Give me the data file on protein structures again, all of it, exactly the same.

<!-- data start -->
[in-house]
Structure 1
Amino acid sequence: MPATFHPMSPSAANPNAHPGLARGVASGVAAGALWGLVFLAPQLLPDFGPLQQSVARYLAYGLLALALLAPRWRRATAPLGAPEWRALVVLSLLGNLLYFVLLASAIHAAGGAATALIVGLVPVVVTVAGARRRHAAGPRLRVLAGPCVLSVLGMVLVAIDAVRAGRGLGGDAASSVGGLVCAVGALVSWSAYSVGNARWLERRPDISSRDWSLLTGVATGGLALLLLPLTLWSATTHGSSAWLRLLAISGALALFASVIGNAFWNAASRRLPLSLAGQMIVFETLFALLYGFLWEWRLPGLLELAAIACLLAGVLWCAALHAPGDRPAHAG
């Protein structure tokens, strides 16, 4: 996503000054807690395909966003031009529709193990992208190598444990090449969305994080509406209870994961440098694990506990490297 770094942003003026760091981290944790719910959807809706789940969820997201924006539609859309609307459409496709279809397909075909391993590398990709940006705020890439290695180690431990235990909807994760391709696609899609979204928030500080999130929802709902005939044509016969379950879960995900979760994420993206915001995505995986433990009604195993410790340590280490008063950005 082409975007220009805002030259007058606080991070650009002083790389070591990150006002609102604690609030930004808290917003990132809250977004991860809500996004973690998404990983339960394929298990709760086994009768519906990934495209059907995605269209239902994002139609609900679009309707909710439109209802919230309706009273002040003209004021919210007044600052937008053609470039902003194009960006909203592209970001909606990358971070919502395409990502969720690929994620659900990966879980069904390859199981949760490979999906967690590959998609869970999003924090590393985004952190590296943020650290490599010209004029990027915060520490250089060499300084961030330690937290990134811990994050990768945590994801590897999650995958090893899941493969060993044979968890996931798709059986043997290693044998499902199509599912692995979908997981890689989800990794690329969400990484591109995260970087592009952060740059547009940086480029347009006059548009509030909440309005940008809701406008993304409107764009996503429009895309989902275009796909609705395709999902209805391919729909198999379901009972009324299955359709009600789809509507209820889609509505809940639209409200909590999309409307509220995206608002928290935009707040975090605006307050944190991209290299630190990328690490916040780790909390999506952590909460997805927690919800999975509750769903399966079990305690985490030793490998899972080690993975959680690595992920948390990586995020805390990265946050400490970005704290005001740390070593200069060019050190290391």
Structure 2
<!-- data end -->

[in-house]
Structure 1
Amino acid sequence: MPATFHPMSPSAANPNAHPGLARGVASGVAAGALWGLVFLAPQLLPDFGPLQQSVARYLAYGLLALALLAPRWRRATAPLGAPEWRALVVLSLLGNLLYFVLLASAIHAAGGAATALIVGLVPVVVTVAGARRRHAAGPRLRVLAGPCVLSVLGMVLVAIDAVRAGRGLGGDAASSVGGLVCAVGALVSWSAYSVGNARWLERRPDISSRDWSLLTGVATGGLALLLLPLTLWSATTHGSSAWLRLLAISGALALFASVIGNAFWNAASRRLPLSLAGQMIVFETLFALLYGFLWEWRLPGLLELAAIACLLAGVLWCAALHAPGDRPAHAG
């Protein structure tokens, strides 16, 4: 996503000054807690395909966003031009529709193990992208190598444990090449969305994080509406209870994961440098694990506990490297 770094942003003026760091981290944790719910959807809706789940969820997201924006539609859309609307459409496709279809397909075909391993590398990709940006705020890439290695180690431990235990909807994760391709696609899609979204928030500080999130929802709902005939044509016969379950879960995900979760994420993206915001995505995986433990009604195993410790340590280490008063950005 082409975007220009805002030259007058606080991070650009002083790389070591990150006002609102604690609030930004808290917003990132809250977004991860809500996004973690998404990983339960394929298990709760086994009768519906990934495209059907995605269209239902994002139609609900679009309707909710439109209802919230309706009273002040003209004021919210007044600052937008053609470039902003194009960006909203592209970001909606990358971070919502395409990502969720690929994620659900990966879980069904390859199981949760490979999906967690590959998609869970999003924090590393985004952190590296943020650290490599010209004029990027915060520490250089060499300084961030330690937290990134811990994050990768945590994801590897999650995958090893899941493969060993044979968890996931798709059986043997290693044998499902199509599912692995979908997981890689989800990794690329969400990484591109995260970087592009952060740059547009940086480029347009006059548009509030909440309005940008809701406008993304409107764009996503429009895309989902275009796909609705395709999902209805391919729909198999379901009972009324299955359709009600789809509507209820889609509505809940639209409200909590999309409307509220995206608002928290935009707040975090605006307050944190991209290299630190990328690490916040780790909390999506952590909460997805927690919800999975509750769903399966079990305690985490030793490998899972080690993975959680690595992920948390990586995020805390990265946050400490970005704290005001740390070593200069060019050190290391």
Structure 2